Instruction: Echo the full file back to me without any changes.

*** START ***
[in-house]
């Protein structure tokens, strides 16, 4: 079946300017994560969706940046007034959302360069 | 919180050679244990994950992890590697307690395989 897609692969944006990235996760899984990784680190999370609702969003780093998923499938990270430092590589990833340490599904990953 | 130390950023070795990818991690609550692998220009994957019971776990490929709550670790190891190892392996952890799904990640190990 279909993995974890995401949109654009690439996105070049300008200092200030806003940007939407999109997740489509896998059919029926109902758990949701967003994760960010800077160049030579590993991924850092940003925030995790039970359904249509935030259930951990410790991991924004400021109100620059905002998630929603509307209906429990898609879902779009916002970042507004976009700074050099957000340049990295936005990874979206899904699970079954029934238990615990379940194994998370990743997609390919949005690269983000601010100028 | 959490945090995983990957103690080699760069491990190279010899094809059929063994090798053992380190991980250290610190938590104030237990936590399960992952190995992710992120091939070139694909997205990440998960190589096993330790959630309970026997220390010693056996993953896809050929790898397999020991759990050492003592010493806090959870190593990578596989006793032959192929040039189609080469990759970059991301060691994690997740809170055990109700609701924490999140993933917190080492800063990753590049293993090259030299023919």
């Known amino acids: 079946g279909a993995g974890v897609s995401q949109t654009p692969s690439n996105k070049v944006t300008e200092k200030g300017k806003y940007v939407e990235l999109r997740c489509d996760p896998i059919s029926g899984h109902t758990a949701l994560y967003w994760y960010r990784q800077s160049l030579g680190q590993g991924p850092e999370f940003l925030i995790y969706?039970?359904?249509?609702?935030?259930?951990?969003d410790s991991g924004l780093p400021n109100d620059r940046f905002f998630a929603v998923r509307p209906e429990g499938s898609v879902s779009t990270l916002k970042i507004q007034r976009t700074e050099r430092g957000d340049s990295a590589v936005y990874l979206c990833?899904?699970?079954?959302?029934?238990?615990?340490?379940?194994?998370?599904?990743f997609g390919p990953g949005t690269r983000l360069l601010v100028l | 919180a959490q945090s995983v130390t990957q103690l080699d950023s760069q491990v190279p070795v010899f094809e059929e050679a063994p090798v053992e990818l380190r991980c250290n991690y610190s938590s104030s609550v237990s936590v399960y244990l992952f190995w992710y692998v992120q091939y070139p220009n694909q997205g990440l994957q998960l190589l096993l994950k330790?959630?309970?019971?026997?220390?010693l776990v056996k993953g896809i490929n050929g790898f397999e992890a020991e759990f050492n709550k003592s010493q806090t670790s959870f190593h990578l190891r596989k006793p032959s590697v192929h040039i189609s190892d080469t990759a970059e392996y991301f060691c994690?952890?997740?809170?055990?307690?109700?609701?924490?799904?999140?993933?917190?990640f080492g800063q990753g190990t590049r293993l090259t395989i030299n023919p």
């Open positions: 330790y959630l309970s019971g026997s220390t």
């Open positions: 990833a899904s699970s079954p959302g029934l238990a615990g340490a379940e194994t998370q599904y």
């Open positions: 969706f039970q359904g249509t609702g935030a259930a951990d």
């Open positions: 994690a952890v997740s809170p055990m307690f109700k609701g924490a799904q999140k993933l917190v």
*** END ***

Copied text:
[in-house]
């Protein structure tokens, strides 16, 4: 079946300017994560969706940046007034959302360069 | 919180050679244990994950992890590697307690395989 897609692969944006990235996760899984990784680190999370609702969003780093998923499938990270430092590589990833340490599904990953 | 130390950023070795990818991690609550692998220009994957019971776990490929709550670790190891190892392996952890799904990640190990 279909993995974890995401949109654009690439996105070049300008200092200030806003940007939407999109997740489509896998059919029926109902758990949701967003994760960010800077160049030579590993991924850092940003925030995790039970359904249509935030259930951990410790991991924004400021109100620059905002998630929603509307209906429990898609879902779009916002970042507004976009700074050099957000340049990295936005990874979206899904699970079954029934238990615990379940194994998370990743997609390919949005690269983000601010100028 | 959490945090995983990957103690080699760069491990190279010899094809059929063994090798053992380190991980250290610190938590104030237990936590399960992952190995992710992120091939070139694909997205990440998960190589096993330790959630309970026997220390010693056996993953896809050929790898397999020991759990050492003592010493806090959870190593990578596989006793032959192929040039189609080469990759970059991301060691994690997740809170055990109700609701924490999140993933917190080492800063990753590049293993090259030299023919």
């Known amino acids: 079946g279909a993995g974890v897609s995401q949109t654009p692969s690439n996105k070049v944006t300008e200092k200030g300017k806003y940007v939407e990235l999109r997740c489509d996760p896998i059919s029926g899984h109902t758990a949701l994560y967003w994760y960010r990784q800077s160049l030579g680190q590993g991924p850092e999370f940003l925030i995790y969706?039970?359904?249509?609702?935030?259930?951990?969003d410790s991991g924004l780093p400021n109100d620059r940046f905002f998630a929603v998923r509307p209906e429990g499938s898609v879902s779009t990270l916002k970042i507004q007034r976009t700074e050099r430092g957000d340049s990295a590589v936005y990874l979206c990833?899904?699970?079954?959302?029934?238990?615990?340490?379940?194994?998370?599904?990743f997609g390919p990953g949005t690269r983000l360069l601010v100028l | 919180a959490q945090s995983v130390t990957q103690l080699d950023s760069q491990v190279p070795v010899f094809e059929e050679a063994p090798v053992e990818l380190r991980c250290n991690y610190s938590s104030s609550v237990s936590v399960y244990l992952f190995w992710y692998v992120q091939y070139p220009n694909q997205g990440l994957q998960l190589l096993l994950k330790?959630?309970?019971?026997?220390?010693l776990v056996k993953g896809i490929n050929g790898f397999e992890a020991e759990f050492n709550k003592s010493q806090t670790s959870f190593h990578l190891r596989k006793p032959s590697v192929h040039i189609s190892d080469t990759a970059e392996y991301f060691c994690?952890?997740?809170?055990?307690?109700?609701?924490?799904?999140?993933?917190?990640f080492g800063q990753g190990t590049r293993l090259t395989i030299n023919p």
């Open positions: 330790y959630l309970s019971g026997s220390t």
């Open positions: 990833a899904s699970s079954p959302g029934l238990a615990g340490a379940e194994t998370q599904y």
């Open positions: 969706f039970q359904g249509t609702g935030a259930a951990d």
């Open positions: 994690a952890v997740s809170p055990m307690f109700k609701g924490a799904q999140k993933l917190v």